Wednesday, October 15, 2014

Angie-nomics versus arithmetic

"The idea that Germany is a useful role model depends on Ordoarithmetic — the view that what we need is for everyone to run enormous trade surpluses at the same time." - Paul Krugman, German Weakness 10/12/2014

Everyone running trade surpluses is a great idea. Or would be if those annoying laws of arithmetic didn't get in the way!

"Ordoarithmetic" is Krugman's mocking phrase about Merkel's hard-right "ordoliberalism," which I typically refer to as Herbert Hoover/Heinrich Brüning economics, because that's basically what it is in practice.

I discussed ordoliberalism here in Angela Merkel and "ordoliberalism" 12/06/2011.

I quoted there from an article on the original incarnation of ordoliberalism, also known as the Freiburg School, by Carl Friedrich, "The Political Thought of Neo-Liberalism" The American Political Science Review 49/2 (Jun. 1955). Discussing the book Ortsbestimmung der Gegenwart by one of a leading ordoliberal of the day, Alexander Ristow, Friedrich commented on the anti-democratic bias of the theory:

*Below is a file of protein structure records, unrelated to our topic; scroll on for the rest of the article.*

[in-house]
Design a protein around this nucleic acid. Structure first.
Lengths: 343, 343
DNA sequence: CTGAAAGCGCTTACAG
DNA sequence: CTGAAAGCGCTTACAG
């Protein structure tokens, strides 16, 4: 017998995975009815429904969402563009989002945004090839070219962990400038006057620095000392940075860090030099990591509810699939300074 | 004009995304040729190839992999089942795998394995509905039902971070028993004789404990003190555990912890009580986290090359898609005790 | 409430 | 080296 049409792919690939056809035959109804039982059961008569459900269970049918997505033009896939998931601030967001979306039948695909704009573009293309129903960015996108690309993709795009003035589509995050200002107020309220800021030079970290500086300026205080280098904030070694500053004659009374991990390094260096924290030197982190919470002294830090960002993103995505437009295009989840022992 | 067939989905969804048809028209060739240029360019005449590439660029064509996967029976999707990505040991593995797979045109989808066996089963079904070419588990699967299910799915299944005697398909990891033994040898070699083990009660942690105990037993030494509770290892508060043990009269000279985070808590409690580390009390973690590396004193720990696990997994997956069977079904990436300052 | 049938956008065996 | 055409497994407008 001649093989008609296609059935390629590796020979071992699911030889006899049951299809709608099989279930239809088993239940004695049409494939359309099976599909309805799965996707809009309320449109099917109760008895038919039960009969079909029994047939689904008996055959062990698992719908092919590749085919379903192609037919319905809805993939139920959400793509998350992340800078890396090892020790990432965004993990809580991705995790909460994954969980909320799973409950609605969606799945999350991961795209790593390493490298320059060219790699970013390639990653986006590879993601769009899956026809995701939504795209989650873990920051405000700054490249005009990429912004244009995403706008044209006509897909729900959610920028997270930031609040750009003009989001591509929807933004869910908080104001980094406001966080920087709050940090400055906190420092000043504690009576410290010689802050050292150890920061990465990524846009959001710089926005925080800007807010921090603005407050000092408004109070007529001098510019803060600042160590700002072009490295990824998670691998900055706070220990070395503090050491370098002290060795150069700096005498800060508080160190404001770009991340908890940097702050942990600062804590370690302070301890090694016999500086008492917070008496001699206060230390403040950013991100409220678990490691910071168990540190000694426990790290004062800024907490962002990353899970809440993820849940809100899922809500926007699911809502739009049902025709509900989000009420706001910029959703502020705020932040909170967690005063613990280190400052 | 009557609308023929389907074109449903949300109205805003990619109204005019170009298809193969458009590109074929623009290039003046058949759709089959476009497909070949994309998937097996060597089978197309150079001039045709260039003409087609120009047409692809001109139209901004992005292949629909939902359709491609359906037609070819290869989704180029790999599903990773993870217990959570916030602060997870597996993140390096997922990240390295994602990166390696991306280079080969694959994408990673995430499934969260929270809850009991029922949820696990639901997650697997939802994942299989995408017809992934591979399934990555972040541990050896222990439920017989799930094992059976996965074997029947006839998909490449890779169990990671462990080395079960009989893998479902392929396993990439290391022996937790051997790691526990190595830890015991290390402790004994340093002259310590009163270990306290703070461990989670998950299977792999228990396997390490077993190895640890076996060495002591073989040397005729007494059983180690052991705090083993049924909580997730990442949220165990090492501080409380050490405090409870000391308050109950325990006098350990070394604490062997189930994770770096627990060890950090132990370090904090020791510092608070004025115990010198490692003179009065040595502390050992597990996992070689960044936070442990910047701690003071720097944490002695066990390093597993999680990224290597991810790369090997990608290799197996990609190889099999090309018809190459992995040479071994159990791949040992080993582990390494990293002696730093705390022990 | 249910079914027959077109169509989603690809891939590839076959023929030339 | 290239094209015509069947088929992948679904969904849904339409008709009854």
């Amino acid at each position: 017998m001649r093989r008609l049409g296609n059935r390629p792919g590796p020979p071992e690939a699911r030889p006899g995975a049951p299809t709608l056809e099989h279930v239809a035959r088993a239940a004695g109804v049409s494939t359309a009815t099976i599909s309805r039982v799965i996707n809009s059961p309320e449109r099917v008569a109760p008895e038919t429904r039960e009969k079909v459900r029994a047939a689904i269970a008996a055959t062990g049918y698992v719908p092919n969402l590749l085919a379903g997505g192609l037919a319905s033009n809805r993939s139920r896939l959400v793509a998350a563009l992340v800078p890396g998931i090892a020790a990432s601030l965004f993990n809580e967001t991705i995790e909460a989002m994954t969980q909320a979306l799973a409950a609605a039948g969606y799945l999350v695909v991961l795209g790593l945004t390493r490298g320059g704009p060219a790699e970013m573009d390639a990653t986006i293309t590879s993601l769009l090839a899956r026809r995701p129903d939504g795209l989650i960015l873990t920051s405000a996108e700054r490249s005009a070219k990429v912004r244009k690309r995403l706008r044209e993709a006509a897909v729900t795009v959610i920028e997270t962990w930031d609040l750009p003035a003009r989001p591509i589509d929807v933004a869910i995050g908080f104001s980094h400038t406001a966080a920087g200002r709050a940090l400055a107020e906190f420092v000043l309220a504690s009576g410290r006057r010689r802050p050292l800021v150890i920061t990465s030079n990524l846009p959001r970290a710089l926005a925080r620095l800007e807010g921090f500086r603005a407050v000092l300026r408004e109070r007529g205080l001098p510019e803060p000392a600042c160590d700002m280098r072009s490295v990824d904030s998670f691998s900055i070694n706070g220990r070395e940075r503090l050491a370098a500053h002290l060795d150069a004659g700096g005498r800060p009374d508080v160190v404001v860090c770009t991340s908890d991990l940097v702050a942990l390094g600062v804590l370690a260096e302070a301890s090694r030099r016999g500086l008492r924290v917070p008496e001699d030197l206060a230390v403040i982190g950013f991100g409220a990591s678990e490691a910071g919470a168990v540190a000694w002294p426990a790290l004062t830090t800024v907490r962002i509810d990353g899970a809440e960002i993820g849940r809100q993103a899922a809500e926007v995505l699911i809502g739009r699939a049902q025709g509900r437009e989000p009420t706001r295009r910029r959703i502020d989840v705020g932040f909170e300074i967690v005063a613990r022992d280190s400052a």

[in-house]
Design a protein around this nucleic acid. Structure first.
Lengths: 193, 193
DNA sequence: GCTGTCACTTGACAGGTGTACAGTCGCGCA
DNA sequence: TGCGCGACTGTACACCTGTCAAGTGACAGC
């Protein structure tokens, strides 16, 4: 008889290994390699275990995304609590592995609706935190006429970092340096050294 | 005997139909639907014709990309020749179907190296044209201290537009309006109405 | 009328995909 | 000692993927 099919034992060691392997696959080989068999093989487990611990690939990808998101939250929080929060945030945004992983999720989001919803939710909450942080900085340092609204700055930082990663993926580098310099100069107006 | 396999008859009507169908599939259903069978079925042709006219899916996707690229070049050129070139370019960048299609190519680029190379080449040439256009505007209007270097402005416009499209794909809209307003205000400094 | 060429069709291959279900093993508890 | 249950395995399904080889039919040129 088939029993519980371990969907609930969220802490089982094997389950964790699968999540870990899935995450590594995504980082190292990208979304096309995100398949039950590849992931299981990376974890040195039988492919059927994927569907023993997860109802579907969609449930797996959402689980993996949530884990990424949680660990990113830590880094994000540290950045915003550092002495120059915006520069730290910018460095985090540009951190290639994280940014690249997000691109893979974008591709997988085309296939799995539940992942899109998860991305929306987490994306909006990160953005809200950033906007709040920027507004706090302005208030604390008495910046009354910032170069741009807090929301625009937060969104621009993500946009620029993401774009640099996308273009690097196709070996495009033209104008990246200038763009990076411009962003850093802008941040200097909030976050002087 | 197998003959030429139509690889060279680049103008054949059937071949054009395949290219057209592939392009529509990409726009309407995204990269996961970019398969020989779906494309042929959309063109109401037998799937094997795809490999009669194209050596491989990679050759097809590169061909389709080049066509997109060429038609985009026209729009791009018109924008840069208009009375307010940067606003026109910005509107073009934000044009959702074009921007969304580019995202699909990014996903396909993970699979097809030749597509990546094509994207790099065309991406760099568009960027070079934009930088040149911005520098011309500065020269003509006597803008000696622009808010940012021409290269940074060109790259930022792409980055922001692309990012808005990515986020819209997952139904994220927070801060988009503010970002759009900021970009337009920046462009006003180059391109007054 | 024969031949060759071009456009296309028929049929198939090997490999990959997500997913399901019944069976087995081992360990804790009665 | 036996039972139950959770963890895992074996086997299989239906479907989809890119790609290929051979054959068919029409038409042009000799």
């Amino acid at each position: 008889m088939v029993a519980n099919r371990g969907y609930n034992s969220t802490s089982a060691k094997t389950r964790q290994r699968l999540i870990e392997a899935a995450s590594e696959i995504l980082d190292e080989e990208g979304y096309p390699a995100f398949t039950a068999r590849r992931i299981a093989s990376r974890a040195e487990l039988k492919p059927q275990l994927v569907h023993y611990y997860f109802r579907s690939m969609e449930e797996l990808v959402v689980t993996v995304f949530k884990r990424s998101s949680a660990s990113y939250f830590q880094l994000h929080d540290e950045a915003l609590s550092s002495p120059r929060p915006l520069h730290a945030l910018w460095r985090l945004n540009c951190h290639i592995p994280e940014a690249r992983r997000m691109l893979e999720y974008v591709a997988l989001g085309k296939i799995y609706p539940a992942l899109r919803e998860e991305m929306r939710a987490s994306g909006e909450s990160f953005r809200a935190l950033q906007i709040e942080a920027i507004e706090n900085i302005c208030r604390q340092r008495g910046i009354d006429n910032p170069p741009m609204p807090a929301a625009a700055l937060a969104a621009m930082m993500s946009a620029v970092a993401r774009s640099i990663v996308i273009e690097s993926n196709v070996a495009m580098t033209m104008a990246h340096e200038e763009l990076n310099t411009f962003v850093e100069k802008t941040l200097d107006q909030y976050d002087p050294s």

There is a good deal of elitist thinking among these neo-liberals, with little appreciation of the role of the common man. Many of them - although not Ristow - confuse the common man with the mass man, in the manner of Ortega y Gasset. Although their idea of the constitution as the creative act of instituting the free market economy requires an elaboration of their image of man along democratic lines, showing that he is capable of much "common sense," they do not see democracy in this perspective. There is a general tendency to confuse constitutional democracy with the anarchic majoritarian democracy that the Jacobins read into Rousseau, and to see totalitarian dictatorship as its inescapable fruit. [my emphasis]
Krugman cites Wolfgang Münchau's Germany’s weak point is its reliance on exports Financial Times 10/12/2014. Short version of Münchau's piece: Angela Merkel and her SPD toadies luu-uuve them some Lesser Depression. And that plan to keep it going as long as Heinrich Brüning would have. For Brüning, other political events intervened.

Also from the Shrill One: "We are by no means out of the Lesser Depression." (Krugman, 1937 10/15/2014)

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